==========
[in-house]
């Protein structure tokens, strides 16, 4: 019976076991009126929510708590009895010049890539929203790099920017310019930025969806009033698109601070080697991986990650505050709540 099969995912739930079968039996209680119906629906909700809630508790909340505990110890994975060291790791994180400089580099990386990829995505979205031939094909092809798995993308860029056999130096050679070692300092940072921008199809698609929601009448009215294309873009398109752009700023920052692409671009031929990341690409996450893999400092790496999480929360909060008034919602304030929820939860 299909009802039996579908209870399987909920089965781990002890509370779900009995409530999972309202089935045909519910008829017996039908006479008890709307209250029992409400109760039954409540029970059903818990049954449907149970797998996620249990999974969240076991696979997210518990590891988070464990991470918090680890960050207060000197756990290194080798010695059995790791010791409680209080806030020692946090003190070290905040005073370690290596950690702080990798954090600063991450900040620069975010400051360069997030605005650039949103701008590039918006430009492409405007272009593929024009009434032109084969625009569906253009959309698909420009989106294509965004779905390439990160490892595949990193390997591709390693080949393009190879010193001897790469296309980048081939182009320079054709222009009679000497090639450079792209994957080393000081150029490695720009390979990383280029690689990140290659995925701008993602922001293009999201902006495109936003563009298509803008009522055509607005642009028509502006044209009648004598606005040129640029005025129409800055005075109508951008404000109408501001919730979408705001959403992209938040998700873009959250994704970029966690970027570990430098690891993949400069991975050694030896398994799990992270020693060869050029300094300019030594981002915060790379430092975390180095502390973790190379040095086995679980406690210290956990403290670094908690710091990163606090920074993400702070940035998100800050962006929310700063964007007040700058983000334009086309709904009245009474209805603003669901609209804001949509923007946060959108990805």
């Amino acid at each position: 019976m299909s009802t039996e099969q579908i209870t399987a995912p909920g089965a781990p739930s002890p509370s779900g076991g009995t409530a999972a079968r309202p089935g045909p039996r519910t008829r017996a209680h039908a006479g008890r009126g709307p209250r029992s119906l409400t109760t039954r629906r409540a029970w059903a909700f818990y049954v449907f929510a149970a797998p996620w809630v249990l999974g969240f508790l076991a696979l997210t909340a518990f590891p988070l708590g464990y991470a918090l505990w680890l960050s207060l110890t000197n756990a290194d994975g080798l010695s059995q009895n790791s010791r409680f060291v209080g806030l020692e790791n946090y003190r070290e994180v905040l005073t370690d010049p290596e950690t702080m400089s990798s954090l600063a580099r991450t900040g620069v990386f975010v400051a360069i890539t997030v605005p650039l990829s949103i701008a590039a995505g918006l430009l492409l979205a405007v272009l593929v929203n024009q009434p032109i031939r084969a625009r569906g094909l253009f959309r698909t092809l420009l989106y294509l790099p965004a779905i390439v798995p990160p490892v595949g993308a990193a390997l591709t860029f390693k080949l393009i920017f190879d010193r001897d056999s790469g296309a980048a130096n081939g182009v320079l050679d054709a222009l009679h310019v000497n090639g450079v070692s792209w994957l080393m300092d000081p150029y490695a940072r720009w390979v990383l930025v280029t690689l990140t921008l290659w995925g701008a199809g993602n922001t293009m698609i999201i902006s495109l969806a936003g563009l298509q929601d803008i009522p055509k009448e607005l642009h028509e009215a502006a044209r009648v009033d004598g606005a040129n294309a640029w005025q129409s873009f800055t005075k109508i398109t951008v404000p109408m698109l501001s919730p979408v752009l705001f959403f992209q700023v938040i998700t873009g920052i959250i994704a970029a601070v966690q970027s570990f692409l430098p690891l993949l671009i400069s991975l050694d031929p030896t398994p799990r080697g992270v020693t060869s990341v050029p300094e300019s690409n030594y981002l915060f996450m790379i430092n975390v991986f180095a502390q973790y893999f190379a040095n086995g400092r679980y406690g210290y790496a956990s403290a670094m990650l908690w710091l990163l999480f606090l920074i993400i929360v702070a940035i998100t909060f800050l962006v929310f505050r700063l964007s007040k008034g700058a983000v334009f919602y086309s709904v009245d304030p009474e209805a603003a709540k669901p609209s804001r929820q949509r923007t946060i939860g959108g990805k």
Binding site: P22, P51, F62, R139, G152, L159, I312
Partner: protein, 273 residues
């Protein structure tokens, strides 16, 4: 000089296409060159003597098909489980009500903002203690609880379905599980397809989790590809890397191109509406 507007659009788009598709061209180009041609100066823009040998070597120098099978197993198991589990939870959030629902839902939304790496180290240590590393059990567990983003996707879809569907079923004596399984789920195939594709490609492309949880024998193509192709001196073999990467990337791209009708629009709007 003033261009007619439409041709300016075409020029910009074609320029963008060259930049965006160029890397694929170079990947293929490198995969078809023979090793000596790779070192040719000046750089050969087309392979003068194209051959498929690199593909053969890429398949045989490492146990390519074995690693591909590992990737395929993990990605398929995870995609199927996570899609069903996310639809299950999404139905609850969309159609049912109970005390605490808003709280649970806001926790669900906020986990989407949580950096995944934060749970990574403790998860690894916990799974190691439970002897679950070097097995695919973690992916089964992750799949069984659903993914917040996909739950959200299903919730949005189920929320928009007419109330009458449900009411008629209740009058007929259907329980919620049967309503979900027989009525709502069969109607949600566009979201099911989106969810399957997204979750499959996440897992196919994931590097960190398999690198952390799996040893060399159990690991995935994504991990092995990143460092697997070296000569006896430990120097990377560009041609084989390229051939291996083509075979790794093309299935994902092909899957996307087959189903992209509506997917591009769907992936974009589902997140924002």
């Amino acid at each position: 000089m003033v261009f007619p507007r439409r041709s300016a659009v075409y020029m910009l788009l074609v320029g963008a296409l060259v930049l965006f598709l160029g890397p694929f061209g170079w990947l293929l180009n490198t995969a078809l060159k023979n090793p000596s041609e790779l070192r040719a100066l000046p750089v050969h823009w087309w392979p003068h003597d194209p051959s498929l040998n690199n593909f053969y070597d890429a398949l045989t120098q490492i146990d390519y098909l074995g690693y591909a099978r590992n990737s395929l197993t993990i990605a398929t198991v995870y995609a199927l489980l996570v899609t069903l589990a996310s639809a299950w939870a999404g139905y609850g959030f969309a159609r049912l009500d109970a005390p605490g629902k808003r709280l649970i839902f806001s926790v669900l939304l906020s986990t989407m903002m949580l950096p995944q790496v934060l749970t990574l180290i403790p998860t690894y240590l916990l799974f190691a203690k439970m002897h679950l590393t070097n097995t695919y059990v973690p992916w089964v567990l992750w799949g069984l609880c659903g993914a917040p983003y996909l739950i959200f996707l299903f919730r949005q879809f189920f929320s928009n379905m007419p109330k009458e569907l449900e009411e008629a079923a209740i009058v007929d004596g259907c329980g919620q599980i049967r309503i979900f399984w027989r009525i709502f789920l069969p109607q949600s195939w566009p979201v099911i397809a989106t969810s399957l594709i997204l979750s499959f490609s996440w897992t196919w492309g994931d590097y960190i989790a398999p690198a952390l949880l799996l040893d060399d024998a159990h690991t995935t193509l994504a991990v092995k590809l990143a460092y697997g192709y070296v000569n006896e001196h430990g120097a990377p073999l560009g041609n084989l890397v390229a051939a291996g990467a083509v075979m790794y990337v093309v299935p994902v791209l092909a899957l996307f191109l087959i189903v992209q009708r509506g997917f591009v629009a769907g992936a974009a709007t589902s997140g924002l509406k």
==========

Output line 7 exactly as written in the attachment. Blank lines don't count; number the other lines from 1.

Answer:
């Amino acid at each position: 000089m003033v261009f007619p507007r439409r041709s300016a659009v075409y020029m910009l788009l074609v320029g963008a296409l060259v930049l965006f598709l160029g890397p694929f061209g170079w990947l293929l180009n490198t995969a078809l060159k023979n090793p000596s041609e790779l070192r040719a100066l000046p750089v050969h823009w087309w392979p003068h003597d194209p051959s498929l040998n690199n593909f053969y070597d890429a398949l045989t120098q490492i146990d390519y098909l074995g690693y591909a099978r590992n990737s395929l197993t993990i990605a398929t198991v995870y995609a199927l489980l996570v899609t069903l589990a996310s639809a299950w939870a999404g139905y609850g959030f969309a159609r049912l009500d109970a005390p605490g629902k808003r709280l649970i839902f806001s926790v669900l939304l906020s986990t989407m903002m949580l950096p995944q790496v934060l749970t990574l180290i403790p998860t690894y240590l916990l799974f190691a203690k439970m002897h679950l590393t070097n097995t695919y059990v973690p992916w089964v567990l992750w799949g069984l609880c659903g993914a917040p983003y996909l739950i959200f996707l299903f919730r949005q879809f189920f929320s928009n379905m007419p109330k009458e569907l449900e009411e008629a079923a209740i009058v007929d004596g259907c329980g919620q599980i049967r309503i979900f399984w027989r009525i709502f789920l069969p109607q949600s195939w566009p979201v099911i397809a989106t969810s399957l594709i997204l979750s499959f490609s996440w897992t196919w492309g994931d590097y960190i989790a398999p690198a952390l949880l799996l040893d060399d024998a159990h690991t995935t193509l994504a991990v092995k590809l990143a460092y697997g192709y070296v000569n006896e001196h430990g120097a990377p073999l560009g041609n084989l890397v390229a051939a291996g990467a083509v075979m790794y990337v093309v299935p994902v791209l092909a899957l996307f191109l087959i189903v992209q009708r509506g997917f591009v629009a769907g992936a974009a709007t589902s997140g924002l509406k």